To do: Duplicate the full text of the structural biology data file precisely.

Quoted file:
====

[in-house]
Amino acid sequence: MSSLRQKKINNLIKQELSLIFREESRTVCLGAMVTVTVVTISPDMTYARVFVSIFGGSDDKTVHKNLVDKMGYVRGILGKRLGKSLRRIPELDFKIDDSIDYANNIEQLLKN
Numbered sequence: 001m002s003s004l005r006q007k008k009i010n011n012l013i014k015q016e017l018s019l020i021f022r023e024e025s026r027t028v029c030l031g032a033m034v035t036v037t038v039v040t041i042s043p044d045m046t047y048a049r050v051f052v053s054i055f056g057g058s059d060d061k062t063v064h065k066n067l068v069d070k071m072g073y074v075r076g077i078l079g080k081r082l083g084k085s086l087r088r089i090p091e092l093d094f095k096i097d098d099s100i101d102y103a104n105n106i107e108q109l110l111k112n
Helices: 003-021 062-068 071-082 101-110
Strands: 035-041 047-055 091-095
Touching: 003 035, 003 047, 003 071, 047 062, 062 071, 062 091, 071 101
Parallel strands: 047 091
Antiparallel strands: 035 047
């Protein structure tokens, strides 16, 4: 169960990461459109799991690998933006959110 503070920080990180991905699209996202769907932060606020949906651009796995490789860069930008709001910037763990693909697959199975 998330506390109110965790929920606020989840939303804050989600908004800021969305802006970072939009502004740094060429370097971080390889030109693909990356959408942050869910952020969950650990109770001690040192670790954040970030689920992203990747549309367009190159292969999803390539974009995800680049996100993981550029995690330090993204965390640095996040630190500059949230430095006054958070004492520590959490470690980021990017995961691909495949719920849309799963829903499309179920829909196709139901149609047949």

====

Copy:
[in-house]
Amino acid sequence: MSSLRQKKINNLIKQELSLIFREESRTVCLGAMVTVTVVTISPDMTYARVFVSIFGGSDDKTVHKNLVDKMGYVRGILGKRLGKSLRRIPELDFKIDDSIDYANNIEQLLKN
Numbered sequence: 001m002s003s004l005r006q007k008k009i010n011n012l013i014k015q016e017l018s019l020i021f022r023e024e025s026r027t028v029c030l031g032a033m034v035t036v037t038v039v040t041i042s043p044d045m046t047y048a049r050v051f052v053s054i055f056g057g058s059d060d061k062t063v064h065k066n067l068v069d070k071m072g073y074v075r076g077i078l079g080k081r082l083g084k085s086l087r088r089i090p091e092l093d094f095k096i097d098d099s100i101d102y103a104n105n106i107e108q109l110l111k112n
Helices: 003-021 062-068 071-082 101-110
Strands: 035-041 047-055 091-095
Touching: 003 035, 003 047, 003 071, 047 062, 062 071, 062 091, 071 101
Parallel strands: 047 091
Antiparallel strands: 035 047
């Protein structure tokens, strides 16, 4: 169960990461459109799991690998933006959110 503070920080990180991905699209996202769907932060606020949906651009796995490789860069930008709001910037763990693909697959199975 998330506390109110965790929920606020989840939303804050989600908004800021969305802006970072939009502004740094060429370097971080390889030109693909990356959408942050869910952020969950650990109770001690040192670790954040970030689920992203990747549309367009190159292969999803390539974009995800680049996100993981550029995690330090993204965390640095996040630190500059949230430095006054958070004492520590959490470690980021990017995961691909495949719920849309799963829903499309179920829909196709139901149609047949």